Photoacoustic spectroscopy (PAS) belongs to the diverse group of photothermal techniques that are widely used for materials characterisation.1 When the wavelength of modulated incident light matches a spectral absorption band of a material, light energy is absorbed, causing localised heating and the production of an oscillating thermal wave that propagates to the cooler surface of the sample. The perturbation is communicated to the gas surrounding the material by interfacial heat transfer and generates oscillating density and pressure gradients in the gas. In a sealed gas-microphone cell, the perturbation propagates as an acoustic wave which typically falls within the acoustic or ultrasonic range and is detected by an appropriately situated sound transducer. Detection of the PA signal is most commonly performed using an electret condenser microphone. Several other detection methods are also utilised, including cantilever deflection caused by the pressure wave, the deflection of a probe laser beam by the pressure and density gradients in proximity to the sample surface, the shift in peak resonance of a micro-ring resonator, or sample thickness modulation as detected by a Fabry–Perot interferometer.2–4 The intensity of the PA signal is a function of the absorption coefficient. Under appropriate conditions, the wavelength dependence of the PA intensity is equivalent to the absorption spectrum of the sample, closely resembling the spectrum derived from a conventional transmission measurement. Additionally, the modulation frequency of the incident light determines the depth response of the PA signal; variation of this frequency creates the possibility of depth profiling in layered and inhomogeneous materials.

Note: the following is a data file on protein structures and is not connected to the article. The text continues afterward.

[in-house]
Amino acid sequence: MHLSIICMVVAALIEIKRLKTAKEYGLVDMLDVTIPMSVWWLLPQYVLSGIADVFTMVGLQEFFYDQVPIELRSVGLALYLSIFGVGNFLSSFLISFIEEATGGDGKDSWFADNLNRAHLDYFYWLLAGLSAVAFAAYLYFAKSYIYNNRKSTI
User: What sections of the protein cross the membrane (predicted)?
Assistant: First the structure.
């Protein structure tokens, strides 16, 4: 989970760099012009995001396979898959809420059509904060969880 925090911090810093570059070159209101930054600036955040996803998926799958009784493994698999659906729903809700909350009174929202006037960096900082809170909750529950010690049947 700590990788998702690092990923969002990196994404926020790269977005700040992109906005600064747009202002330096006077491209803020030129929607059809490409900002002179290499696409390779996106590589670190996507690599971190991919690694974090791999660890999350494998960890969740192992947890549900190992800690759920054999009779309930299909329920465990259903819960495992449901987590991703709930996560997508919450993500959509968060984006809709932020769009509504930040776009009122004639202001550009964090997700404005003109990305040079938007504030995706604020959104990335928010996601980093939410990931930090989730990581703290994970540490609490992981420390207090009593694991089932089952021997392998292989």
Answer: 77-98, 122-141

PAS at visible wavelengths (optical PAS) has seen major developments in recent years, with promising applications in the biomedical field. From the spectroscopy perspective, optical PAS delivers similar information content to that in conventional UV/visible absorption spectroscopy. Moreover, PAS can be implemented as an imaging technique, using either tomographic reconstruction methods (PhotoAcoustic Computed Tomography – PACT) or beam scanning methods (PhotoAcoustic Microscopy – PAM). Similar to standard optical microscopy, PAM spatial resolution can reach the diffraction limit, or several hundred nanometres in the optical region. In appropriate wavelength regions, particularly the visible or near-IR, and with suitable optical configurations, depth responses can reach an extension of the order of millimetres, thus providing an important advantage with respect to conventional visible microscopy techniques. One recent remarkable application in biological imaging has been the imaging of subcellular structures based on their absorption at visible wavelengths.5 Similarly, spatial resolution in mid-infrared imaging has been improved by combining the technique with probe beam deflection at visible wavelengths6 or with ultraviolet7 sample irradiation.